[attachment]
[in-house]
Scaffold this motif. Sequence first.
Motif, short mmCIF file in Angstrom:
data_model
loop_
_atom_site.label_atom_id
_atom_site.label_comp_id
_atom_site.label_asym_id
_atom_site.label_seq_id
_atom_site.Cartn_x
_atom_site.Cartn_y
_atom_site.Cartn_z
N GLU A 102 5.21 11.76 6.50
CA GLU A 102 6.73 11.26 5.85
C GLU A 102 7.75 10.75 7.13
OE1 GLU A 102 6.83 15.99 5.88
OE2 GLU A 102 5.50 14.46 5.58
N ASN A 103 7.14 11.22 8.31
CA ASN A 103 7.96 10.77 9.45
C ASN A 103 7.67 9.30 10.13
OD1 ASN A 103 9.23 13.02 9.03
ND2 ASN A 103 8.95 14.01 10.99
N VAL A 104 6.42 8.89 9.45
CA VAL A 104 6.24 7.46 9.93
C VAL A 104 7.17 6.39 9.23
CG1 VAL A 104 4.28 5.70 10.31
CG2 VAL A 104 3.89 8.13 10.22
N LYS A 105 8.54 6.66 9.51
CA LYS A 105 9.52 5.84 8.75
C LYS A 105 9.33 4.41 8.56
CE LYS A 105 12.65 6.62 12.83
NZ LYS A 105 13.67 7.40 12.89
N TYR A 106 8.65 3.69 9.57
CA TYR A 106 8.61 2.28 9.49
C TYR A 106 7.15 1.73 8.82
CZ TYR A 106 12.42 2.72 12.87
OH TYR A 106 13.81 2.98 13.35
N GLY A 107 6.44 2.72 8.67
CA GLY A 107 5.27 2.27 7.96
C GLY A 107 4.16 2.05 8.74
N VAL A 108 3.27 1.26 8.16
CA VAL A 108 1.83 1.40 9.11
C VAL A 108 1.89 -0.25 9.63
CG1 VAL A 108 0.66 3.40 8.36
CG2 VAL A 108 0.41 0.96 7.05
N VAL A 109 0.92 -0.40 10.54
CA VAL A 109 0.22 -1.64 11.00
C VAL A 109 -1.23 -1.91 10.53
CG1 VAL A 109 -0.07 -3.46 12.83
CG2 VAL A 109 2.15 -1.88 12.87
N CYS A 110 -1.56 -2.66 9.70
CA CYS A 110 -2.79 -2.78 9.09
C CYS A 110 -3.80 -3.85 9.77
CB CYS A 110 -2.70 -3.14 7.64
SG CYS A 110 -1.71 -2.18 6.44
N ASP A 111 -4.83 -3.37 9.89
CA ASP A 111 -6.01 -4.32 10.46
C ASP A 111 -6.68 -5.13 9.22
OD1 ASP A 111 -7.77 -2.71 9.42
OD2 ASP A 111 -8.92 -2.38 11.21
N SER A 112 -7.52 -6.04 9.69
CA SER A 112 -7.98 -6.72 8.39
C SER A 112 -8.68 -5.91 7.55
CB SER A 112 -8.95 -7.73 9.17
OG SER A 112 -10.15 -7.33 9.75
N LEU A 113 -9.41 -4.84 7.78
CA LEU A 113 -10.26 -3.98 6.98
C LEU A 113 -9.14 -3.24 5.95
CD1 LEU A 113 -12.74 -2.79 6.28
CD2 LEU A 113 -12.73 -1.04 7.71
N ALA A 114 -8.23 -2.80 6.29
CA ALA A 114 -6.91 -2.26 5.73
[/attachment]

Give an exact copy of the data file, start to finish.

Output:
[in-house]
Scaffold this motif. Sequence first.
Motif, short mmCIF file in Angstrom:
data_model
loop_
_atom_site.label_atom_id
_atom_site.label_comp_id
_atom_site.label_asym_id
_atom_site.label_seq_id
_atom_site.Cartn_x
_atom_site.Cartn_y
_atom_site.Cartn_z
N GLU A 102 5.21 11.76 6.50
CA GLU A 102 6.73 11.26 5.85
C GLU A 102 7.75 10.75 7.13
OE1 GLU A 102 6.83 15.99 5.88
OE2 GLU A 102 5.50 14.46 5.58
N ASN A 103 7.14 11.22 8.31
CA ASN A 103 7.96 10.77 9.45
C ASN A 103 7.67 9.30 10.13
OD1 ASN A 103 9.23 13.02 9.03
ND2 ASN A 103 8.95 14.01 10.99
N VAL A 104 6.42 8.89 9.45
CA VAL A 104 6.24 7.46 9.93
C VAL A 104 7.17 6.39 9.23
CG1 VAL A 104 4.28 5.70 10.31
CG2 VAL A 104 3.89 8.13 10.22
N LYS A 105 8.54 6.66 9.51
CA LYS A 105 9.52 5.84 8.75
C LYS A 105 9.33 4.41 8.56
CE LYS A 105 12.65 6.62 12.83
NZ LYS A 105 13.67 7.40 12.89
N TYR A 106 8.65 3.69 9.57
CA TYR A 106 8.61 2.28 9.49
C TYR A 106 7.15 1.73 8.82
CZ TYR A 106 12.42 2.72 12.87
OH TYR A 106 13.81 2.98 13.35
N GLY A 107 6.44 2.72 8.67
CA GLY A 107 5.27 2.27 7.96
C GLY A 107 4.16 2.05 8.74
N VAL A 108 3.27 1.26 8.16
CA VAL A 108 1.83 1.40 9.11
C VAL A 108 1.89 -0.25 9.63
CG1 VAL A 108 0.66 3.40 8.36
CG2 VAL A 108 0.41 0.96 7.05
N VAL A 109 0.92 -0.40 10.54
CA VAL A 109 0.22 -1.64 11.00
C VAL A 109 -1.23 -1.91 10.53
CG1 VAL A 109 -0.07 -3.46 12.83
CG2 VAL A 109 2.15 -1.88 12.87
N CYS A 110 -1.56 -2.66 9.70
CA CYS A 110 -2.79 -2.78 9.09
C CYS A 110 -3.80 -3.85 9.77
CB CYS A 110 -2.70 -3.14 7.64
SG CYS A 110 -1.71 -2.18 6.44
N ASP A 111 -4.83 -3.37 9.89
CA ASP A 111 -6.01 -4.32 10.46
C ASP A 111 -6.68 -5.13 9.22
OD1 ASP A 111 -7.77 -2.71 9.42
OD2 ASP A 111 -8.92 -2.38 11.21
N SER A 112 -7.52 -6.04 9.69
CA SER A 112 -7.98 -6.72 8.39
C SER A 112 -8.68 -5.91 7.55
CB SER A 112 -8.95 -7.73 9.17
OG SER A 112 -10.15 -7.33 9.75
N LEU A 113 -9.41 -4.84 7.78
CA LEU A 113 -10.26 -3.98 6.98
C LEU A 113 -9.14 -3.24 5.95
CD1 LEU A 113 -12.74 -2.79 6.28
CD2 LEU A 113 -12.73 -1.04 7.71
N ALA A 114 -8.23 -2.80 6.29
CA ALA A 114 -6.91 -2.26 5.73